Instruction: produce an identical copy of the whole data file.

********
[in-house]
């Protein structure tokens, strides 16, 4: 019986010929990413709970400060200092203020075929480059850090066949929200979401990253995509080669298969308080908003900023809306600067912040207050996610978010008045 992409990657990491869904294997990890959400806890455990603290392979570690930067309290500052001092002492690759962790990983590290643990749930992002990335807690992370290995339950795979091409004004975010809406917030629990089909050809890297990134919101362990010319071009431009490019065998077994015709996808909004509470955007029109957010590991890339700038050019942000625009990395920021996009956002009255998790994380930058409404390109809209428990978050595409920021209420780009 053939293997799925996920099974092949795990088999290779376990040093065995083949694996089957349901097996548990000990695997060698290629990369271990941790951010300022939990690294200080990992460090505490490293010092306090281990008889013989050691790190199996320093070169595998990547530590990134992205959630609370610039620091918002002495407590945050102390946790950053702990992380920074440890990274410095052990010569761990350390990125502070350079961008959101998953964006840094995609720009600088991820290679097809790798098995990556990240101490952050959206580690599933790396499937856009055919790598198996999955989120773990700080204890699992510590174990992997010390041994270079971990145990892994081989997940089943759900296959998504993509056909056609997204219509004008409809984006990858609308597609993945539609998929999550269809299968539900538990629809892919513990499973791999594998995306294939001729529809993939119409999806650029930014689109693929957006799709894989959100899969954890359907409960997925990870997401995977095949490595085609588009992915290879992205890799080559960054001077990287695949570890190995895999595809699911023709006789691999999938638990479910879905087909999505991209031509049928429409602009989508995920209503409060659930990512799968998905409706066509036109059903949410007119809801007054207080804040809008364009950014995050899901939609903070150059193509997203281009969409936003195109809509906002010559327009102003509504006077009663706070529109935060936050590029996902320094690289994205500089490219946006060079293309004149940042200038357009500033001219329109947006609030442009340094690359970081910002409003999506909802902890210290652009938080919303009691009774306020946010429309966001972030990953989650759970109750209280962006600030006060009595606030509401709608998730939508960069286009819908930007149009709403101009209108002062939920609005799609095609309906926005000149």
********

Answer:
[in-house]
């Protein structure tokens, strides 16, 4: 019986010929990413709970400060200092203020075929480059850090066949929200979401990253995509080669298969308080908003900023809306600067912040207050996610978010008045 992409990657990491869904294997990890959400806890455990603290392979570690930067309290500052001092002492690759962790990983590290643990749930992002990335807690992370290995339950795979091409004004975010809406917030629990089909050809890297990134919101362990010319071009431009490019065998077994015709996808909004509470955007029109957010590991890339700038050019942000625009990395920021996009956002009255998790994380930058409404390109809209428990978050595409920021209420780009 053939293997799925996920099974092949795990088999290779376990040093065995083949694996089957349901097996548990000990695997060698290629990369271990941790951010300022939990690294200080990992460090505490490293010092306090281990008889013989050691790190199996320093070169595998990547530590990134992205959630609370610039620091918002002495407590945050102390946790950053702990992380920074440890990274410095052990010569761990350390990125502070350079961008959101998953964006840094995609720009600088991820290679097809790798098995990556990240101490952050959206580690599933790396499937856009055919790598198996999955989120773990700080204890699992510590174990992997010390041994270079971990145990892994081989997940089943759900296959998504993509056909056609997204219509004008409809984006990858609308597609993945539609998929999550269809299968539900538990629809892919513990499973791999594998995306294939001729529809993939119409999806650029930014689109693929957006799709894989959100899969954890359907409960997925990870997401995977095949490595085609588009992915290879992205890799080559960054001077990287695949570890190995895999595809699911023709006789691999999938638990479910879905087909999505991209031509049928429409602009989508995920209503409060659930990512799968998905409706066509036109059903949410007119809801007054207080804040809008364009950014995050899901939609903070150059193509997203281009969409936003195109809509906002010559327009102003509504006077009663706070529109935060936050590029996902320094690289994205500089490219946006060079293309004149940042200038357009500033001219329109947006609030442009340094690359970081910002409003999506909802902890210290652009938080919303009691009774306020946010429309966001972030990953989650759970109750209280962006600030006060009595606030509401709608998730939508960069286009819908930007149009709403101009209108002062939920609005799609095609309906926005000149």